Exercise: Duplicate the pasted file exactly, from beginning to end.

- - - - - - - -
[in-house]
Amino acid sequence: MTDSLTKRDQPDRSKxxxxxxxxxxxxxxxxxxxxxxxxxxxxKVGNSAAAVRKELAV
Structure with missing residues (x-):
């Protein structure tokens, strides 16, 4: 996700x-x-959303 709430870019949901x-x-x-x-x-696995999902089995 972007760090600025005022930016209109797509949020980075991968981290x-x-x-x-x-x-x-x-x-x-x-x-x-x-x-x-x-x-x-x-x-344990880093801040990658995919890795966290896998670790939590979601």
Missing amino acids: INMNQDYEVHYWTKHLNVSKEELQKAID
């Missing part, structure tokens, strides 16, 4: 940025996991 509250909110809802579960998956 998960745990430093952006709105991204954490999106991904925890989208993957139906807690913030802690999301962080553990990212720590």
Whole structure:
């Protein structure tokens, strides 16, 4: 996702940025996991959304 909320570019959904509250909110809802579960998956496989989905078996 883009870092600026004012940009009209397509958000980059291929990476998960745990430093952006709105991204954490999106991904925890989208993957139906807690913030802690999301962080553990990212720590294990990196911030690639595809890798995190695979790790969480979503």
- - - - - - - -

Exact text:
[in-house]
Amino acid sequence: MTDSLTKRDQPDRSKxxxxxxxxxxxxxxxxxxxxxxxxxxxxKVGNSAAAVRKELAV
Structure with missing residues (x-):
């Protein structure tokens, strides 16, 4: 996700x-x-959303 709430870019949901x-x-x-x-x-696995999902089995 972007760090600025005022930016209109797509949020980075991968981290x-x-x-x-x-x-x-x-x-x-x-x-x-x-x-x-x-x-x-x-x-344990880093801040990658995919890795966290896998670790939590979601």
Missing amino acids: INMNQDYEVHYWTKHLNVSKEELQKAID
């Missing part, structure tokens, strides 16, 4: 940025996991 509250909110809802579960998956 998960745990430093952006709105991204954490999106991904925890989208993957139906807690913030802690999301962080553990990212720590």
Whole structure:
């Protein structure tokens, strides 16, 4: 996702940025996991959304 909320570019959904509250909110809802579960998956496989989905078996 883009870092600026004012940009009209397509958000980059291929990476998960745990430093952006709105991204954490999106991904925890989208993957139906807690913030802690999301962080553990990212720590294990990196911030690639595809890798995190695979790790969480979503």